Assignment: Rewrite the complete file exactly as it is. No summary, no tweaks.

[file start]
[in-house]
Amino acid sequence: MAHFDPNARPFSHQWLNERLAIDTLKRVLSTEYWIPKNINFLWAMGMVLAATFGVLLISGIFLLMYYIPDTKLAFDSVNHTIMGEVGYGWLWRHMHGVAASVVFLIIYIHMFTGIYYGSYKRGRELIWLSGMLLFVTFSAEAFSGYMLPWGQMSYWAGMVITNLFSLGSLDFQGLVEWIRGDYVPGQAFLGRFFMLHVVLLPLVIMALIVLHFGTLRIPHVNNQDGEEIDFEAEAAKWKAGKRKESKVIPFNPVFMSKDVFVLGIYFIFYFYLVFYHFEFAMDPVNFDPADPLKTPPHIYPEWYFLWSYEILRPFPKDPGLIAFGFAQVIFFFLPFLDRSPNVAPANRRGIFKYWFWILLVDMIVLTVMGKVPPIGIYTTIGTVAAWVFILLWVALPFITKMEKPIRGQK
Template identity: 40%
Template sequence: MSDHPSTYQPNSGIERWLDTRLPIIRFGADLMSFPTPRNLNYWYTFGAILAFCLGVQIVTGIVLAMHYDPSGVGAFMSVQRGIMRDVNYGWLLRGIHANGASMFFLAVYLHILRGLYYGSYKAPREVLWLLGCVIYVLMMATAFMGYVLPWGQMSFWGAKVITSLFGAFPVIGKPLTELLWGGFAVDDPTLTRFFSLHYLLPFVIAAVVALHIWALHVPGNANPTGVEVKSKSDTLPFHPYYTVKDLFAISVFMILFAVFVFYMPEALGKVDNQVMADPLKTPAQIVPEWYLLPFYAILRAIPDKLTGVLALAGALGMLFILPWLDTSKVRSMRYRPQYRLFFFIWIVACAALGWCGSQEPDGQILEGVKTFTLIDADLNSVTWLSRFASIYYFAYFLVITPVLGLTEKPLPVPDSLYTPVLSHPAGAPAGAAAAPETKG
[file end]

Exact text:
[in-house]
Amino acid sequence: MAHFDPNARPFSHQWLNERLAIDTLKRVLSTEYWIPKNINFLWAMGMVLAATFGVLLISGIFLLMYYIPDTKLAFDSVNHTIMGEVGYGWLWRHMHGVAASVVFLIIYIHMFTGIYYGSYKRGRELIWLSGMLLFVTFSAEAFSGYMLPWGQMSYWAGMVITNLFSLGSLDFQGLVEWIRGDYVPGQAFLGRFFMLHVVLLPLVIMALIVLHFGTLRIPHVNNQDGEEIDFEAEAAKWKAGKRKESKVIPFNPVFMSKDVFVLGIYFIFYFYLVFYHFEFAMDPVNFDPADPLKTPPHIYPEWYFLWSYEILRPFPKDPGLIAFGFAQVIFFFLPFLDRSPNVAPANRRGIFKYWFWILLVDMIVLTVMGKVPPIGIYTTIGTVAAWVFILLWVALPFITKMEKPIRGQK
Template identity: 40%
Template sequence: MSDHPSTYQPNSGIERWLDTRLPIIRFGADLMSFPTPRNLNYWYTFGAILAFCLGVQIVTGIVLAMHYDPSGVGAFMSVQRGIMRDVNYGWLLRGIHANGASMFFLAVYLHILRGLYYGSYKAPREVLWLLGCVIYVLMMATAFMGYVLPWGQMSFWGAKVITSLFGAFPVIGKPLTELLWGGFAVDDPTLTRFFSLHYLLPFVIAAVVALHIWALHVPGNANPTGVEVKSKSDTLPFHPYYTVKDLFAISVFMILFAVFVFYMPEALGKVDNQVMADPLKTPAQIVPEWYLLPFYAILRAIPDKLTGVLALAGALGMLFILPWLDTSKVRSMRYRPQYRLFFFIWIVACAALGWCGSQEPDGQILEGVKTFTLIDADLNSVTWLSRFASIYYFAYFLVITPVLGLTEKPLPVPDSLYTPVLSHPAGAPAGAAAAPETKG